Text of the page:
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Moses: A Story of the Nile

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Nails, and lips that quiver first with some great truth Are steeped in bitterness and tears, and brows Now bright beneath the aureola of God, Have bent beneath the thorny crowns of earth. There was hope for Israel, But they did not see the golden fringes Of their coming morn ; they only saw the cold, Grey sky, and fainted "neath the cheerless gloom.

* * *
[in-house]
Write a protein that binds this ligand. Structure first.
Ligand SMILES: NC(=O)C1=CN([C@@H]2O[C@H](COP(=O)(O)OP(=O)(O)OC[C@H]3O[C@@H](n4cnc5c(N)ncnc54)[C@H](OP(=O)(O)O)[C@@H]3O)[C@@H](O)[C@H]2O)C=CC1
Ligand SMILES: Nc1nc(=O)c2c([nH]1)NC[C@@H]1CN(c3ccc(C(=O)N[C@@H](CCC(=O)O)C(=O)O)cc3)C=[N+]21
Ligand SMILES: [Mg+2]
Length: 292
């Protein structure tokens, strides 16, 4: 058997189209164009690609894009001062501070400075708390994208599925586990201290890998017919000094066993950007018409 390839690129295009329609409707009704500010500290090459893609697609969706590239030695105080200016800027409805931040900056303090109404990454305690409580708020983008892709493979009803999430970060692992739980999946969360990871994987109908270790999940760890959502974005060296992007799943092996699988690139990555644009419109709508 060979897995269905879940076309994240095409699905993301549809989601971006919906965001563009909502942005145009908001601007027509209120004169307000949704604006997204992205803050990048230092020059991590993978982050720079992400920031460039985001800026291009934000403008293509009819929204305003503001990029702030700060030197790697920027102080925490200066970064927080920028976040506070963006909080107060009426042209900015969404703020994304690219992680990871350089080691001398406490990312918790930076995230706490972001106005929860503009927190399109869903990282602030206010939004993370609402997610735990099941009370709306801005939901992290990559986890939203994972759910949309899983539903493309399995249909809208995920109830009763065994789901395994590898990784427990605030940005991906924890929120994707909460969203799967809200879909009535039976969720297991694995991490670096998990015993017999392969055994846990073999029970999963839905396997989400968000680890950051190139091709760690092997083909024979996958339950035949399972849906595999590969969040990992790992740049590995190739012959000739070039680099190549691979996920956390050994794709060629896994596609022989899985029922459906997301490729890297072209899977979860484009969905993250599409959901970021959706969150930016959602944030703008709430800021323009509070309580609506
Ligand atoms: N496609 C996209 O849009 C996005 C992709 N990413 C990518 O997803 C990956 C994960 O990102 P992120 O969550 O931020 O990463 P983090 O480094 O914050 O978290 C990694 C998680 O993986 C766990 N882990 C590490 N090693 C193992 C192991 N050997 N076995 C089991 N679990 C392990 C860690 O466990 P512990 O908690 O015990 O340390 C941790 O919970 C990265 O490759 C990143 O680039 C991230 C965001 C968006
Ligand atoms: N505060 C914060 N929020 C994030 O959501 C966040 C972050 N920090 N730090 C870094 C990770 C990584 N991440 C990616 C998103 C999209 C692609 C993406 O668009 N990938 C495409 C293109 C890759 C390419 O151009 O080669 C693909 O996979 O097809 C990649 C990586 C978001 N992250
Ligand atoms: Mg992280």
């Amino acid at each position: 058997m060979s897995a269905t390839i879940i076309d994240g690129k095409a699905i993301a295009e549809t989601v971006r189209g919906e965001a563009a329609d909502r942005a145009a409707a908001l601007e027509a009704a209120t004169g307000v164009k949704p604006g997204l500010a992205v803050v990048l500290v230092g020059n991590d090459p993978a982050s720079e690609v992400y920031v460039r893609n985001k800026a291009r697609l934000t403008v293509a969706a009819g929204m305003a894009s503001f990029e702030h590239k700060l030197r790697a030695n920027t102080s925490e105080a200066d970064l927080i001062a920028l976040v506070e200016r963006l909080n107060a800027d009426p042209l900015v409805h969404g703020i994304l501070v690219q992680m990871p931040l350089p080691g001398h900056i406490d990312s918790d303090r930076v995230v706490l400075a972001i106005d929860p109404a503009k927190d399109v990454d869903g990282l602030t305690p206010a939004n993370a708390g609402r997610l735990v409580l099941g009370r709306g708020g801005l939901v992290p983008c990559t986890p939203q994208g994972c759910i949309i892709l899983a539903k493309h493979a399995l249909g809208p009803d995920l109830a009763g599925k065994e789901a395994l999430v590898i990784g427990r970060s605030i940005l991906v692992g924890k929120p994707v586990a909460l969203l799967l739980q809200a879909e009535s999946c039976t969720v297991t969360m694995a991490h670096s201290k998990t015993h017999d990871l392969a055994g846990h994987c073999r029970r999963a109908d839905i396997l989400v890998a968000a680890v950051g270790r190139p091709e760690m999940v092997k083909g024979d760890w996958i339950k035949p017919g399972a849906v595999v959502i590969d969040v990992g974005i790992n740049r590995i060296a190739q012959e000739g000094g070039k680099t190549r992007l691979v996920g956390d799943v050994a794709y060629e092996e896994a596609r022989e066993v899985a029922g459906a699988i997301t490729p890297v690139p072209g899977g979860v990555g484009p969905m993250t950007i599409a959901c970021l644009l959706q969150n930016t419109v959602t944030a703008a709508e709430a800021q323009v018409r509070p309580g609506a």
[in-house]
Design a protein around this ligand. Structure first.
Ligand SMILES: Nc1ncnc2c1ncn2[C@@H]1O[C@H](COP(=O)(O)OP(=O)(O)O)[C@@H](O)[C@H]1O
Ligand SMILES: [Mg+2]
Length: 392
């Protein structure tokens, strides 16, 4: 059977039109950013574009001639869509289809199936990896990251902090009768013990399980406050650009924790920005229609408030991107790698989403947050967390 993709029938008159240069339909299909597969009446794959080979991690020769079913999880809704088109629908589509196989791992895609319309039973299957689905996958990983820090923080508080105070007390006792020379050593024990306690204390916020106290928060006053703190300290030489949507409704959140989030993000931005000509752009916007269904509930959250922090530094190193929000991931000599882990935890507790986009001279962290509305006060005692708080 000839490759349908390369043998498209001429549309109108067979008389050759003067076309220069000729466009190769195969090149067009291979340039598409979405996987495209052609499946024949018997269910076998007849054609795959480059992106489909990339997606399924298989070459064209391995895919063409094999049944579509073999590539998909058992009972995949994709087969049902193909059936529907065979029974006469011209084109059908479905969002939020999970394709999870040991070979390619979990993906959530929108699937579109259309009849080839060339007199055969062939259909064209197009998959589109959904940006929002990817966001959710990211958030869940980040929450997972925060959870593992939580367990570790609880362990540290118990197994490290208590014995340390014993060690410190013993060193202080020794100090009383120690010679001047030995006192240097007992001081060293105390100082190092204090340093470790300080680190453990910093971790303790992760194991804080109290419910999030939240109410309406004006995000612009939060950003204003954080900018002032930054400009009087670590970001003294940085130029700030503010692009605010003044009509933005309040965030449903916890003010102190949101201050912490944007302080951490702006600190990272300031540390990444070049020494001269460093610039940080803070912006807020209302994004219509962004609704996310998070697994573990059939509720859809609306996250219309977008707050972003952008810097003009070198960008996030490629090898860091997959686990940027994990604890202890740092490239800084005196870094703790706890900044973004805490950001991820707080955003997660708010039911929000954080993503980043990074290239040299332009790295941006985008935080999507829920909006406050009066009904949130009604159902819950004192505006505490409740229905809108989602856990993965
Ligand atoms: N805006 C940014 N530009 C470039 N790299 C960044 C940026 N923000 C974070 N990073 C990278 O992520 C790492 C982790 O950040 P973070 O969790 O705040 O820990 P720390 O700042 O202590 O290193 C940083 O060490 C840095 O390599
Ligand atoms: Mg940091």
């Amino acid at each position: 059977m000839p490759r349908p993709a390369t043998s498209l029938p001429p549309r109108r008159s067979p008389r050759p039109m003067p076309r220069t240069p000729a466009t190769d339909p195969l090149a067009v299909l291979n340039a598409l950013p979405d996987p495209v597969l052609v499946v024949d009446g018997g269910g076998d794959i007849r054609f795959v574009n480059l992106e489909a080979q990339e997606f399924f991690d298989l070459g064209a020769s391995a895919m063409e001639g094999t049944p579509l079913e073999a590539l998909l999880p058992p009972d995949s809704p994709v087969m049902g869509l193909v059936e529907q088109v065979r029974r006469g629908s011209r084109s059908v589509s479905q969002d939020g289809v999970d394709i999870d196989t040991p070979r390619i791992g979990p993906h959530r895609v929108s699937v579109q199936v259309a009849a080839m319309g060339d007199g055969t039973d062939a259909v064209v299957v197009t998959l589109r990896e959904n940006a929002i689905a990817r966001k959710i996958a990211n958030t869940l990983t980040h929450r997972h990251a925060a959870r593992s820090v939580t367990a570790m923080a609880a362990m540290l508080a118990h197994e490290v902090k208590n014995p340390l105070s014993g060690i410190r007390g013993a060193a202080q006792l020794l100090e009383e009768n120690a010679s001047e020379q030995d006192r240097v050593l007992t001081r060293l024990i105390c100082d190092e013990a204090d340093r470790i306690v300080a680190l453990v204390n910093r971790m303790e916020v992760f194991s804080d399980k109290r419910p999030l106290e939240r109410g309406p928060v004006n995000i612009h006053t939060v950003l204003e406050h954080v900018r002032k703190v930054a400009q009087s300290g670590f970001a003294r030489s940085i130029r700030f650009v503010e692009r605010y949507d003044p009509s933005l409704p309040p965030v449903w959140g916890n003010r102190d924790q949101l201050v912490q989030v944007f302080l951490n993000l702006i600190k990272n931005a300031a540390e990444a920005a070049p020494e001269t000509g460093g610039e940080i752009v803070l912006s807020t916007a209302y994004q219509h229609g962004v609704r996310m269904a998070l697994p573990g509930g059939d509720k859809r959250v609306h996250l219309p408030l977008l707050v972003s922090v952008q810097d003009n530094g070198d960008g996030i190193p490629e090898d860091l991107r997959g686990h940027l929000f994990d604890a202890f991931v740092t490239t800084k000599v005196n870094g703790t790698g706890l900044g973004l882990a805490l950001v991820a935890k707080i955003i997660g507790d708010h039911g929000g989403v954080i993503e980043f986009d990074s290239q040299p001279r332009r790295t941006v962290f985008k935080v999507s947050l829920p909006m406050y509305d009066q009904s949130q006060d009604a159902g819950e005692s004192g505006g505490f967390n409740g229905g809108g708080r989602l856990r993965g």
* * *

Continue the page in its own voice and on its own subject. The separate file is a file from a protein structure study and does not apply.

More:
Moses sought again the presence of the king And Pharaoh's brow grew dark with wrath, And rising up in angry haste, he said, Defiantly, " If thy God be great, show Us some sign or token of his power." Then Moses threw his rod upon the floor, And it trembled with a sign of life ; The dark wood glowed, then changed into a thing Of glistening scales and golden rings, and green, And brown and purple stripes ; a hissing, hateful Thing, that glared its fiery eye, and darting forth From Moses' side, Iay coiled and panting At the monarch's feet. With wonder open-eyed The king gazed on the changed rod, then called For his magicians—wily- men, well versed In sinful lore—and bade them do the same. And they, Ieagued with the powers of night, did Also change their rods to serpents ; then Moses' Serpent darted forth, and with a startling hiss And angry gulp, he swallowed the living thing

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